EMILY Deschanel is a woman in demand.
One voice, on the telephone, is a writer asking about Monday’s tense season finale of her Fox show “Bones.”
Another voice, a few feet away, is Henry Hornsby. Henry is 18 months old. He’s hungry, or he’s wet, and he don’t care nothing about no stinking season finale.
Every few questions, then, Deschanel politely asks the voice on the phone for a repeat.
“What were we talking about again?” she says. “Sorry. Mommy brain.”
Deschanel may be the star of a hit TV show, a pretty good gig that Fox has just renewed for a ninth season next year. That doesn’t make the Mommy part any easier.
“It’s incredibly difficult to balance work and raising a child,” says the 36-year-old Deschanel. “It kills me every day. I struggle with it every day.
“It gets a little easier as he gets older . . . . But I still don’t think I balance it very well. Like right now, I really want to be with him, but I’m doing this.”
She then finds herself apologizing again, because that didn’t come out quite the way she meant it.
No one holds it against her, of course. It’s more like funny, because that’s just the sort of thing she might say on the TV show in her character as Temperance “Bones” Brennan.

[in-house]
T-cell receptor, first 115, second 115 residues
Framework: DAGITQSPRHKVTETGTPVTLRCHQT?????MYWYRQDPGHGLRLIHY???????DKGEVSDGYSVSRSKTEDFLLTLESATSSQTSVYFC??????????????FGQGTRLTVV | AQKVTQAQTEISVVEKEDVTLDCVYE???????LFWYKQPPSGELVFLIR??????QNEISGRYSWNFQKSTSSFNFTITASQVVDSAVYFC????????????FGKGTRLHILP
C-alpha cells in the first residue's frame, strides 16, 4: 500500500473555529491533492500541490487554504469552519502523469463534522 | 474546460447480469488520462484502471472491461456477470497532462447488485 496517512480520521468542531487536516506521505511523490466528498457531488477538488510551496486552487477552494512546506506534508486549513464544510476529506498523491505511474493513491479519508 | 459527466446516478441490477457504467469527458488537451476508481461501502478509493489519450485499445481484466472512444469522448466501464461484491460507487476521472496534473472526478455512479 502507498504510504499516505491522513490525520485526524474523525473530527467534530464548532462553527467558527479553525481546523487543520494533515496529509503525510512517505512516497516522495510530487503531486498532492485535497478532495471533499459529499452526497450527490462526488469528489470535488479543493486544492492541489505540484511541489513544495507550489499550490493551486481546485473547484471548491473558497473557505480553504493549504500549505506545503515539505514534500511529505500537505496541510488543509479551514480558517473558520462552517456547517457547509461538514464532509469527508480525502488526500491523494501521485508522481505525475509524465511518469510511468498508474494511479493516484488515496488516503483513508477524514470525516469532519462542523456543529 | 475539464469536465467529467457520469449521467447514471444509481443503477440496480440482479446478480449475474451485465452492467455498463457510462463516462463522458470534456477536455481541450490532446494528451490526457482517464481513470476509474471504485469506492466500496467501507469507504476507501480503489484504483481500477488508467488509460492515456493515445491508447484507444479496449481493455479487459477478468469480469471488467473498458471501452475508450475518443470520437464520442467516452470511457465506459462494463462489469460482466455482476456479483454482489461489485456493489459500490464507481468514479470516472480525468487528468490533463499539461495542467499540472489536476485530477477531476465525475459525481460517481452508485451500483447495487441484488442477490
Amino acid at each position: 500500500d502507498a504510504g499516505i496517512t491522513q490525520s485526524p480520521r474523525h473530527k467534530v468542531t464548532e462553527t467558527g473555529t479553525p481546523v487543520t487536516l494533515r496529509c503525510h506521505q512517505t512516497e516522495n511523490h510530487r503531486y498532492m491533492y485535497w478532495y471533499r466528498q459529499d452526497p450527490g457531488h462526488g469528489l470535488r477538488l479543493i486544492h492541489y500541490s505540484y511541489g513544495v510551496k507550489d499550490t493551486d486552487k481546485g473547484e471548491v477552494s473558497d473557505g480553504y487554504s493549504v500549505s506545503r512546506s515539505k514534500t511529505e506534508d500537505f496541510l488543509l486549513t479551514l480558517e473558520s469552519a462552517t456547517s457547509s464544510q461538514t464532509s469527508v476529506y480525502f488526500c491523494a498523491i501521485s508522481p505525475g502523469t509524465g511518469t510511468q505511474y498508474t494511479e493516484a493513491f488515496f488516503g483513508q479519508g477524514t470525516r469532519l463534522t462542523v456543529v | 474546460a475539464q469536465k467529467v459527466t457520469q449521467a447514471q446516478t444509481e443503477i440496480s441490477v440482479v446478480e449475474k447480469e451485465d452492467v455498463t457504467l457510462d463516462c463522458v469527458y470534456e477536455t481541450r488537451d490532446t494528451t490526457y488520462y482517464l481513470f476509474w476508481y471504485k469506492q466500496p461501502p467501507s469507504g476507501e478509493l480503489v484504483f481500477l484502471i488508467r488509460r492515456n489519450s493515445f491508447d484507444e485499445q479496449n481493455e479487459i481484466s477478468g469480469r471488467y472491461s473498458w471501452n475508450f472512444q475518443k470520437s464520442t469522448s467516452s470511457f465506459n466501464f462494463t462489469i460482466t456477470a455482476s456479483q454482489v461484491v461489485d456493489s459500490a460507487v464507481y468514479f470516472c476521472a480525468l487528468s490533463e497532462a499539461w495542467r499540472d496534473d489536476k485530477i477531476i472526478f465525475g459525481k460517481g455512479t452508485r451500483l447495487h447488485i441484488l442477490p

Bones is brilliant, just not always sensitive to nuance.
What Bones will sense in Monday’s finale, Deschanel says, is danger. Christopher Pelant (Andrew Leeds), who Deschanel calls the most ominous villain in the show’s eight seasons, returns with malevolence on his mind.
Where before Pelant has targeted Bones, this time he’s after Seeley Booth (David Boreanaz), the father of Bones’ child.
When she senses a threat to Booth, she says, “Brennan will go farther than she’s ever gone before . . . to protect him.”
Yet at the same time, “It also makes her think about her life and their baby and their relationship.
“She never thought she’d have children. She never thought she’d get married. Everything has happened so fast, and this makes her stop to think about it.”
So even though she would do anything to protect him, she now asks if she wants to stay with him.
It’s an intense episode, says Deschanel, and she says that while some things will be resolved, aspects of the Pelant storyline will continue into next season.
In other words, it’s complicated. So is life.
“This job [acting], if you do it well, is extremely difficult,” says Deschanel. “Parenting, if done well, is even more difficult.”
Just ask Henry.